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UNICEF: Education experts meet on Child-Friendly Schools

GENEVA, 28 April 2009 – Education experts from Central and Eastern Europe and the Commonwealth of Independent States (CEE/CIS) are meeting this week in Geneva to discuss what it takes to make a school child-friendly. This meeting, one of a series being held in each region of the world, is part of UNICEF efforts to ensure a quality education for all girls and boys that would prepare them for success in societies that have undergone profound political, economic and social change in recent years.

Child friendly schools, as a philosophy and operational model, addresses the needs of the whole child, including the most challenging issues affecting the future well being of children and their communities. Within Central and Eastern Europe and the Commonwealth of Independent States, the major areas of concern include discrimination, migration and the future of young people in the emerging market-based economies of the region.

“Quality education is not just about learning mathematics, science and language and so on,” said UNICEF’s Global Education Chief, Dr. Cream Wright during Monday’s session. “A child needs to acquire a variety of skills for success in life, especially when so many profound changes are taking place in their society,” he added.

While the CEE/CIS region has made good progress in providing access on an equitable basis to all children as well as in quality schooling and
learning achievement, the region now faces new challenges as a result of the major changes countries have undergone since the early 1990s.

“A good quality education not only grounds young people in the reality of their own changing environment, but also equips them to imagine the future beyond that immediate reality and be able to cope with it,” he added.

The global programme is designed to provide practical guidance on mainstreaming of child friendly schools within education systems. It
provides practitioners with a set of information and tools to create and strengthen child-friendly learning environments for all children in all circumstances. The regional workshops are a major step in assisting governments to strengthen national capacity in creating child-friendly standards.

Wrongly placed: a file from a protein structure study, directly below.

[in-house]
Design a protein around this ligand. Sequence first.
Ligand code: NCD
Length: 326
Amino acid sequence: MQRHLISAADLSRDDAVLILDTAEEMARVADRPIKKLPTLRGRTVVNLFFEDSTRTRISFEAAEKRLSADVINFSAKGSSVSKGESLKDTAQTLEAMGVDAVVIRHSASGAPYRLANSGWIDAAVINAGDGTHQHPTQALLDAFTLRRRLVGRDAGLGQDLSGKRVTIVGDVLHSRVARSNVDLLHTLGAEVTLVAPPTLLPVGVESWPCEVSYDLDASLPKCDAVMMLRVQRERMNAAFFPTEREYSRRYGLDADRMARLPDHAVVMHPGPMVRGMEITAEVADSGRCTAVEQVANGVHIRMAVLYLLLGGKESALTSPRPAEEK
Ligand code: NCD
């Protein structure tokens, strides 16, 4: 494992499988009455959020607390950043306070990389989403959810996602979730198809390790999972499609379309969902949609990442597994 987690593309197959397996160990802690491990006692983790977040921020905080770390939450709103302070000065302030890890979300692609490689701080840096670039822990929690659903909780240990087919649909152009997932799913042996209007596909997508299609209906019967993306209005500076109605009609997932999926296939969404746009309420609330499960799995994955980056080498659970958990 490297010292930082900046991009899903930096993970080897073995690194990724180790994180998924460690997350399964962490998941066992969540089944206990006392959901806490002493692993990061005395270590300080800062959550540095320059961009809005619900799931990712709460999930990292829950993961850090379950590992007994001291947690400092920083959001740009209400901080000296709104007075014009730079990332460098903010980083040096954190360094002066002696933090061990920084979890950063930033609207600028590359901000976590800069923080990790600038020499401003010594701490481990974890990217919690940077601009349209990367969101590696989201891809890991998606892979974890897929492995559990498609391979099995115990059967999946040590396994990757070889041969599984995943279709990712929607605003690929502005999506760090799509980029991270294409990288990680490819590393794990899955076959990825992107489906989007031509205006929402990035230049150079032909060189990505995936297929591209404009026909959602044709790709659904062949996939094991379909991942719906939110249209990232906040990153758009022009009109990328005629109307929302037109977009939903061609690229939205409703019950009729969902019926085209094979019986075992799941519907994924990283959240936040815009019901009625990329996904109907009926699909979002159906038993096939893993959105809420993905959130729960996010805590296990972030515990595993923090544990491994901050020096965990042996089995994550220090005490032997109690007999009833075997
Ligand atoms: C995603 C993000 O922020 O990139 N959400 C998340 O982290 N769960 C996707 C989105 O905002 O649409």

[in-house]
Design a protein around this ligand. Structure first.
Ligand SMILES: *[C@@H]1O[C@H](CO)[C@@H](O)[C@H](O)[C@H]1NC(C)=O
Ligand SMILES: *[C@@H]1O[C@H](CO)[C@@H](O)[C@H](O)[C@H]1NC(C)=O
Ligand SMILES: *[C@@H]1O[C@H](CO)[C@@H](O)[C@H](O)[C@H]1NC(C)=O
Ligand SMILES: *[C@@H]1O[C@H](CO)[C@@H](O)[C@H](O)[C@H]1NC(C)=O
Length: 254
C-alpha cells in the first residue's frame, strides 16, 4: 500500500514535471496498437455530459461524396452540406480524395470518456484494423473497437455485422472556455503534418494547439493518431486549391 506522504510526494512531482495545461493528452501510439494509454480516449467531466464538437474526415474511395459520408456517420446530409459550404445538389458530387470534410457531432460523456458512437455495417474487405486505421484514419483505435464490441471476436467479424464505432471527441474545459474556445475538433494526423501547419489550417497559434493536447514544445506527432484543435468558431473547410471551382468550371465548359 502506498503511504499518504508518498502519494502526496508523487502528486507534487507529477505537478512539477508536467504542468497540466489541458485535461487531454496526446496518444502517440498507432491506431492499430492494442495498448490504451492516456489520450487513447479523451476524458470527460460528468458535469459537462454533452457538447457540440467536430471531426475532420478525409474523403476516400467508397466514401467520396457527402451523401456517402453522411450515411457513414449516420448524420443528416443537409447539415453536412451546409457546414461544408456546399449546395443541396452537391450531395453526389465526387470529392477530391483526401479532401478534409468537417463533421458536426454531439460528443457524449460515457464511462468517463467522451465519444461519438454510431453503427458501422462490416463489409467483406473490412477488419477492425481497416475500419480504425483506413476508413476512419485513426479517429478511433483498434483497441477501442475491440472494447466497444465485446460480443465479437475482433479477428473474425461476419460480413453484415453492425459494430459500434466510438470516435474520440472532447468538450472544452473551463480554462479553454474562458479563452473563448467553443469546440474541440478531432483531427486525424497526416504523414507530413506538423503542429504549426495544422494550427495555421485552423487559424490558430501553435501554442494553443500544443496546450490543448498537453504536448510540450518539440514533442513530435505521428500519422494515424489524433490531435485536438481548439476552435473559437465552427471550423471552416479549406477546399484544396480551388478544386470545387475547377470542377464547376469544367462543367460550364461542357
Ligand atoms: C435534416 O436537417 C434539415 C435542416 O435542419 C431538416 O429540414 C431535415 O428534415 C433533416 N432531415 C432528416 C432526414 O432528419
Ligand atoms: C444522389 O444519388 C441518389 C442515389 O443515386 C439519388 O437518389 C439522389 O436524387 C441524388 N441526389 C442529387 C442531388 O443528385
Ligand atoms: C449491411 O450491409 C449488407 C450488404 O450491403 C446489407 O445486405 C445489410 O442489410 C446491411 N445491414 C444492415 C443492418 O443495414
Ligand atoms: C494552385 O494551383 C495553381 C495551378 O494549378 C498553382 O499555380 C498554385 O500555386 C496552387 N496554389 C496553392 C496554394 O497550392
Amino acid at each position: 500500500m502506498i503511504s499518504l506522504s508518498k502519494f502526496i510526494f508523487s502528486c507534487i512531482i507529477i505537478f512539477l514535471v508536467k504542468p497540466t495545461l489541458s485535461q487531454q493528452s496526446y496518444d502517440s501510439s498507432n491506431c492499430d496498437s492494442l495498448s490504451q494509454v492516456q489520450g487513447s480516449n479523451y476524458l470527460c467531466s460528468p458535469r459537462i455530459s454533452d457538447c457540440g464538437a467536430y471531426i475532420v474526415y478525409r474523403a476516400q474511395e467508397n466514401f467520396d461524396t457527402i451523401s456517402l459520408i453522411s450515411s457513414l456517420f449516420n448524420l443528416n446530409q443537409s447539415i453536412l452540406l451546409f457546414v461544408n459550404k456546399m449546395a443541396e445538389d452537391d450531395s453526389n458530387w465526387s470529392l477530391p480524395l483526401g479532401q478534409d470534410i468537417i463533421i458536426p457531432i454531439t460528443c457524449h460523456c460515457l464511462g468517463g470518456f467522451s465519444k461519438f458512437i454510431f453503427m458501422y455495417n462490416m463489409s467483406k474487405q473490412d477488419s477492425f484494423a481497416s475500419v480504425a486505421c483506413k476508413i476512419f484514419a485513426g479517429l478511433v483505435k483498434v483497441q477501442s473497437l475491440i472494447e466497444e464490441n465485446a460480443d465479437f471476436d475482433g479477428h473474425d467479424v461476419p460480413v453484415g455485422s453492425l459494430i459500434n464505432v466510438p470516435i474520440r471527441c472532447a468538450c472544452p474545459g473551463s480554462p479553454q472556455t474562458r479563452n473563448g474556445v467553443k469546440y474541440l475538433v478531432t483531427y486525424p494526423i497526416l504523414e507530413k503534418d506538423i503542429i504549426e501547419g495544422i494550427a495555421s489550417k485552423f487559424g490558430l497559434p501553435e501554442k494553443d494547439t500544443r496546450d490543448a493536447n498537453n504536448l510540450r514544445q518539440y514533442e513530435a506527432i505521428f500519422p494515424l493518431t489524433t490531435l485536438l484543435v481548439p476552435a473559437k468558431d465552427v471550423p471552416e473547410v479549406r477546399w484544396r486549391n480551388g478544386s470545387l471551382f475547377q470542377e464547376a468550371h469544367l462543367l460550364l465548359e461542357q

Throughout the week experts are deliberating on the importance of child-centred classroom practices and school environments that are: safe and protective of children; encourage democratic participation and enhance learning. Participants are discussing schools as learning communities including creating a school ethos conducive to creativity and self expression, as well as links between schools and the communities they serve. The issue of overall role of government in facilitating quality standards based on child friendly schools principles will also be explored during the meeting.

“The next step and biggest challenge for countries is to take the many pilot projects and begin to scale-up and mainstream,” said Philippe
Testot-Ferry, Regional Education Adviser for CEE/CIS. Within a short space of time 12 out of the 17 countries in the region have embraced the CFS model as an overall concept and framework for improving quality of education.

Workshop participants include 60 representatives from UNICEF Country Offices, government officials and partners from Armenia, Azerbaijan, Bosnia & Herzegovina, Kazakhstan, Kosovo, Macedonia, Moldova, Turkey and Uzbekistan.  The CFS Manual, which gives guidelines for decision makers, planners and education practitioners, has been made available to participants in both English and Russian.

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UNICEF is on the ground in over 150 countries and territories to help children survive and thrive, from early childhood through adolescence.  The world’s largest provider of vaccines for developing countries, UNICEF supports child health and nutrition, good water and sanitation, quality basic education for all boys and girls, and the protection of children from violence, exploitation, and AIDS.  UNICEF is funded entirely by the voluntary contributions of individuals, businesses, foundations and governments.

For more information, please contact:

Kate Donovan, UNICEF Media, Tel:  ++ 1 212 326 7452 e-mail: kdonovan@unicef.org




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